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- Management Dynamics : Journal of the Southern African Institute for Management Scientists
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- Volume 17, Issue 3, 2008
Management Dynamics : Journal of the Southern African Institute for Management Scientists - Volume 17, Issue 3, 2008
Volume 17, Issue 3, 2008
Examining the direct and some mediated relationships between perceived support and intention to quitSource: Management Dynamics : Journal of the Southern African Institute for Management Scientists 17, pp 2 –19 (2008)More Less
This study investigated: (a) the validity of a three-dimensional perceived support construct (organisational, leader, and co-worker); (b) the direct relationship between perceived support and intention to quit; (c) the indirect relationships as mediated by affective commitment, organisational citizenship behaviour and job satisfaction; and (d) the relative importance of these four constructs in predicting intention to quit. A sample of 187 bank employees participated in the study. An exploratory factor analysis confirmed the construct validity of a two-dimensional perceived support construct (leader and co-worker), which was found to be reliable and strongly negatively correlated with intention to quit (r = -0.52, p < 0.01). Baron and Kenny's (1986) procedure was used to investigate the mediated relationships. Job satisfaction, affective commitment and organisational citizenship behaviour were all found to partially mediate the relationship between perceived support and intention to quit. Of the four constructs, perceived support was found to make the strongest unique contribution in the prediction of intention to quit.
Trusting relationships : how salespeople view the quality of relationships with friends and customersAuthor Backstrom LarsSource: Management Dynamics : Journal of the Southern African Institute for Management Scientists 17, pp 20 –27 (2008)More Less
Friendships between customers and salespeople are frequently unquestioned phenomena. The marketing and sales literature suggests that the relationships between salespeople and their customers often develop into close friendships. Moreover, salespeople are often encouraged to treat customers like their best friends. What if this exhortation rests on a false premise and customers are not the same as friends?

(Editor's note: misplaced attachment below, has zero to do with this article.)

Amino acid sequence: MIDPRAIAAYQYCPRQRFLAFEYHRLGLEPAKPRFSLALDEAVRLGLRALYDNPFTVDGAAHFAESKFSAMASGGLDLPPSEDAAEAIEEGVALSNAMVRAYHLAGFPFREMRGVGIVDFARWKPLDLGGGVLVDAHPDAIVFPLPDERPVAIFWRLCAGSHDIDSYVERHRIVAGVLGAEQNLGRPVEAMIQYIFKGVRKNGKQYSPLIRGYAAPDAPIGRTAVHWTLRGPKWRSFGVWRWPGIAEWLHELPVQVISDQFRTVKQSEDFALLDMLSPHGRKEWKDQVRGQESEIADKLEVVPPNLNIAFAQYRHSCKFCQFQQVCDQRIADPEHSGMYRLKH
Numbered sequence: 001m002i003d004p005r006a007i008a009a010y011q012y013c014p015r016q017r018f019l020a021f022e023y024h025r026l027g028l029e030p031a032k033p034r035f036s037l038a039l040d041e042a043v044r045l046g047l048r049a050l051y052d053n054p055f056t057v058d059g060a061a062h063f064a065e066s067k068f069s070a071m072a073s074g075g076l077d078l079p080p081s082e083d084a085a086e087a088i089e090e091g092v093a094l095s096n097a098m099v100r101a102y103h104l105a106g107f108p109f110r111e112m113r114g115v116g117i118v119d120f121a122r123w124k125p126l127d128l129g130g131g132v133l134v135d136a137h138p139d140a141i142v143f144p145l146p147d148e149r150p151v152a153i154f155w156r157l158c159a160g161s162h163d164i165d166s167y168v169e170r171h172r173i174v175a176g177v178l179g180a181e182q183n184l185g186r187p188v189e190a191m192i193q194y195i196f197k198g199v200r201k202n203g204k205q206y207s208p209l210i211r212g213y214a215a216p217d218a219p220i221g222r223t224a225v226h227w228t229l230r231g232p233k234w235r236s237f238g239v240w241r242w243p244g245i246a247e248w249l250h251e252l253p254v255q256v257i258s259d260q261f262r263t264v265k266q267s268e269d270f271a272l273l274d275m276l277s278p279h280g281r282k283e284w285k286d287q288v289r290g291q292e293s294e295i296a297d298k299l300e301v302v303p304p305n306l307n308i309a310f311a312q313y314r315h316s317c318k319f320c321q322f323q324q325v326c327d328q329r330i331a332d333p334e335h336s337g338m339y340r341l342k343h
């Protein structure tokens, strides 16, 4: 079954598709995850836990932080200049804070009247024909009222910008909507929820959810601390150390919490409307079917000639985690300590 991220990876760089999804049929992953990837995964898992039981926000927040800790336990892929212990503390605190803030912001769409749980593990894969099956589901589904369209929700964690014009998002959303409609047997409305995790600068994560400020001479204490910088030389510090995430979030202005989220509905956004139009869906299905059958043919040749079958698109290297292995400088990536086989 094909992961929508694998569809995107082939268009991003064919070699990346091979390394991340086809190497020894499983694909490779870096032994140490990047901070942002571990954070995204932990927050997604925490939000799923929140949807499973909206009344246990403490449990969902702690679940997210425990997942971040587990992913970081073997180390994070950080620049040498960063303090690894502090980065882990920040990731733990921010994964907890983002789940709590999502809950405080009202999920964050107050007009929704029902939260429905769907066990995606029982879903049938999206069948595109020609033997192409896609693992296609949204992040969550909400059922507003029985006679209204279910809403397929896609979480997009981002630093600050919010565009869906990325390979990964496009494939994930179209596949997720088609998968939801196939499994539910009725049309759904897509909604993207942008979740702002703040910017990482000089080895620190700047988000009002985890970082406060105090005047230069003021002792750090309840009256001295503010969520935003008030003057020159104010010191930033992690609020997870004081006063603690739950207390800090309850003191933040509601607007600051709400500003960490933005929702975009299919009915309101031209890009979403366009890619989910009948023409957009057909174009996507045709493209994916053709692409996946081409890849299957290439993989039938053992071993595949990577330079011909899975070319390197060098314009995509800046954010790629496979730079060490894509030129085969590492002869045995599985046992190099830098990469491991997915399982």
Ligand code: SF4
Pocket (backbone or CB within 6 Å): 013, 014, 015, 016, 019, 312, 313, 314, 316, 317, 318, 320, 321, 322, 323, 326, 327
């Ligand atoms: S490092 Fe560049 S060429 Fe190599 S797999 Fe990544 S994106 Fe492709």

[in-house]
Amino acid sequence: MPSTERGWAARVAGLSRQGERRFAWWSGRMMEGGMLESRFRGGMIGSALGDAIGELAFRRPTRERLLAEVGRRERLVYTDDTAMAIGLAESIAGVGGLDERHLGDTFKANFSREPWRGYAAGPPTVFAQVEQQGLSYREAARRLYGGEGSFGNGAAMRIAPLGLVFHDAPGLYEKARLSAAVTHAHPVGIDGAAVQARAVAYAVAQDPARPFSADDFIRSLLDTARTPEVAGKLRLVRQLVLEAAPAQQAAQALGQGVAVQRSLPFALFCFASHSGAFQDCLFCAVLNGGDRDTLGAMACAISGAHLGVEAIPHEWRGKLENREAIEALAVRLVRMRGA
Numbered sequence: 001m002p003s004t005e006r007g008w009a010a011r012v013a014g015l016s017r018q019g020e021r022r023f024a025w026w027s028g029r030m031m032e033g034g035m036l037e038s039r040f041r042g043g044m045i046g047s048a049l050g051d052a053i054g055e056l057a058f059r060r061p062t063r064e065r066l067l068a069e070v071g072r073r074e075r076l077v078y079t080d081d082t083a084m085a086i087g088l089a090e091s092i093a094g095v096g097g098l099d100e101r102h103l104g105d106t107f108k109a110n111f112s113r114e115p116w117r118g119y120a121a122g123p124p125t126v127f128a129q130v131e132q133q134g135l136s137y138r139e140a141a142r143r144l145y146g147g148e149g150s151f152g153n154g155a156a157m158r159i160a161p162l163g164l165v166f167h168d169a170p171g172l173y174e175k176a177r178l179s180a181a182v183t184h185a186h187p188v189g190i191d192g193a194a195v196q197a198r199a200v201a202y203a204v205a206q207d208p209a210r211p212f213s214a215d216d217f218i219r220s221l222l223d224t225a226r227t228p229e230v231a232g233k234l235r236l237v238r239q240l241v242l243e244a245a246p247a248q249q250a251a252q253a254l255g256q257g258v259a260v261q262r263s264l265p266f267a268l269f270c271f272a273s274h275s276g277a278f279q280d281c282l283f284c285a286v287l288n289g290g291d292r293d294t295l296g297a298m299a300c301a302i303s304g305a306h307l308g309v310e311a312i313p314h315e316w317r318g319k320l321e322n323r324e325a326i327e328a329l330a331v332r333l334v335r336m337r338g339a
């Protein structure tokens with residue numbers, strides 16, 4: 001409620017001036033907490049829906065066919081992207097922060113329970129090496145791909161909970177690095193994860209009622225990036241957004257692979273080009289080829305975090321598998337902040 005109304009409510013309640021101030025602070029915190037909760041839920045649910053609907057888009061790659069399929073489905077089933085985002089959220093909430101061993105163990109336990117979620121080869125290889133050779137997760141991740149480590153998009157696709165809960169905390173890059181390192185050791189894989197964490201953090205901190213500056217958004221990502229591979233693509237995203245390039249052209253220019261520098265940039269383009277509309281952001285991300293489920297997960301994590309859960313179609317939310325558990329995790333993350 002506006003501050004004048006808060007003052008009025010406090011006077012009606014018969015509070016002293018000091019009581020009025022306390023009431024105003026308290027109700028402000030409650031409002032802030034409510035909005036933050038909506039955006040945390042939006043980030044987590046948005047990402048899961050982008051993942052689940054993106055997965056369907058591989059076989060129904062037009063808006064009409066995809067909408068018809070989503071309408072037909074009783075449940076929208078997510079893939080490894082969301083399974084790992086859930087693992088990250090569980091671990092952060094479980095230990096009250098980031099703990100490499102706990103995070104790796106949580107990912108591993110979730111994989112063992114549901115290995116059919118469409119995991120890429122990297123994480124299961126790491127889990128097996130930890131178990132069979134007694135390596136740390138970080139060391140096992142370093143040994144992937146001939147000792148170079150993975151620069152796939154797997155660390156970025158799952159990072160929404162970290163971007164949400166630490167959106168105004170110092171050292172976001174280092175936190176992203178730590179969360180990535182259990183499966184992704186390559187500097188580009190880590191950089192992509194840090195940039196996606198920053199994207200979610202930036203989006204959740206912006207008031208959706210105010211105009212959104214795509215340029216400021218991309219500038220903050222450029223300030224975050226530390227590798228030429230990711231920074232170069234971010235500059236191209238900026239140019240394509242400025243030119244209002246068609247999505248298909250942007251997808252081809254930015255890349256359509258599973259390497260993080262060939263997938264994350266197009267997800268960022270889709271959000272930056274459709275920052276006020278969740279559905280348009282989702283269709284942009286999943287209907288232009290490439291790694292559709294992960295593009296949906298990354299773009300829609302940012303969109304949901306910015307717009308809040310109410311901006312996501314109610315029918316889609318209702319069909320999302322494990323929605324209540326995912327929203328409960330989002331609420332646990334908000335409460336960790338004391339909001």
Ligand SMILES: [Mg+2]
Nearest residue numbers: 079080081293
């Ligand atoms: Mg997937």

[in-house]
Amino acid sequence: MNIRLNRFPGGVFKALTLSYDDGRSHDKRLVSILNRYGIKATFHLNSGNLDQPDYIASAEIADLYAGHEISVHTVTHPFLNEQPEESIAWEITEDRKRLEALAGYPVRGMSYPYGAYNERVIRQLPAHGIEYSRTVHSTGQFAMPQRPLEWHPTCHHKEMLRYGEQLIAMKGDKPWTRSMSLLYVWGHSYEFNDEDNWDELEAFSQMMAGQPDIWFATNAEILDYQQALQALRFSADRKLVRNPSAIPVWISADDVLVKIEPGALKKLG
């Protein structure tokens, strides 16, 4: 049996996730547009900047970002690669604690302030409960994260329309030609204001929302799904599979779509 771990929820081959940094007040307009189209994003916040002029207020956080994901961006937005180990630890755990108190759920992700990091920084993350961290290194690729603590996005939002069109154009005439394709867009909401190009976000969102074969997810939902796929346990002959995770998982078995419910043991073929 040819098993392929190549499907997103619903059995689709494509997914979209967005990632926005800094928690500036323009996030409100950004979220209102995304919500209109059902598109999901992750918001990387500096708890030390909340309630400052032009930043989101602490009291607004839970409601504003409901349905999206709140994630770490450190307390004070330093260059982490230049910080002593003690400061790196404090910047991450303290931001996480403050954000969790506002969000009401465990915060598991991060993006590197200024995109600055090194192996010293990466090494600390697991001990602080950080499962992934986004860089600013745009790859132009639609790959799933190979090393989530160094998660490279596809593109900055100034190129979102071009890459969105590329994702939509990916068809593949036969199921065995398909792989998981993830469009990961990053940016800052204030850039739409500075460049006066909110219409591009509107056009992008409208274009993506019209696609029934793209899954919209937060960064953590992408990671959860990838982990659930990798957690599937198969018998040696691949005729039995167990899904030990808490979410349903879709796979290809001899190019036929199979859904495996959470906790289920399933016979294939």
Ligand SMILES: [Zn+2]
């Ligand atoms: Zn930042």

This study sheds light on the nature of friendship between salespeople and their customers. A survey was undertaken of the sales force of a large Swedish financial services company. Contrary to the literature, salespeople do not perceive the relationship quality with customers in the same way as they view relationships with friends. Furthermore, there are significant differences between how salespeople view relationship quality between "good" and ''bad'' customers. These findings have important managerial and research implications.
Source: Management Dynamics : Journal of the Southern African Institute for Management Scientists 17, pp 28 –44 (2008)More Less
In this study a theoretical model exploring the relationship between family harmony and good corporate governance was empirically tested among Greek family businesses. The empirical results indicate that Perceived Good Governance practices are positively influenced by the Profitability of the business. There are, however, no significant relationships between the factors Family Harmony, Family Commitment and Communication and Family Trust and Respect, and the dependent variable Perceived Good Governance. The latent variable Profitability is positively influenced by Family Harmony, indicating that the more harmonious family relationships are, the more likely it is that the business will be profitable. In the same manner, the variable Family Commitment and Communication is positively influenced by both Family Harmony and by Family Trust and Respect. In other words, the more harmony and trust there is in the family, the more likely it is that the family members will have a commitment to each other and the business, characterised by effective communication.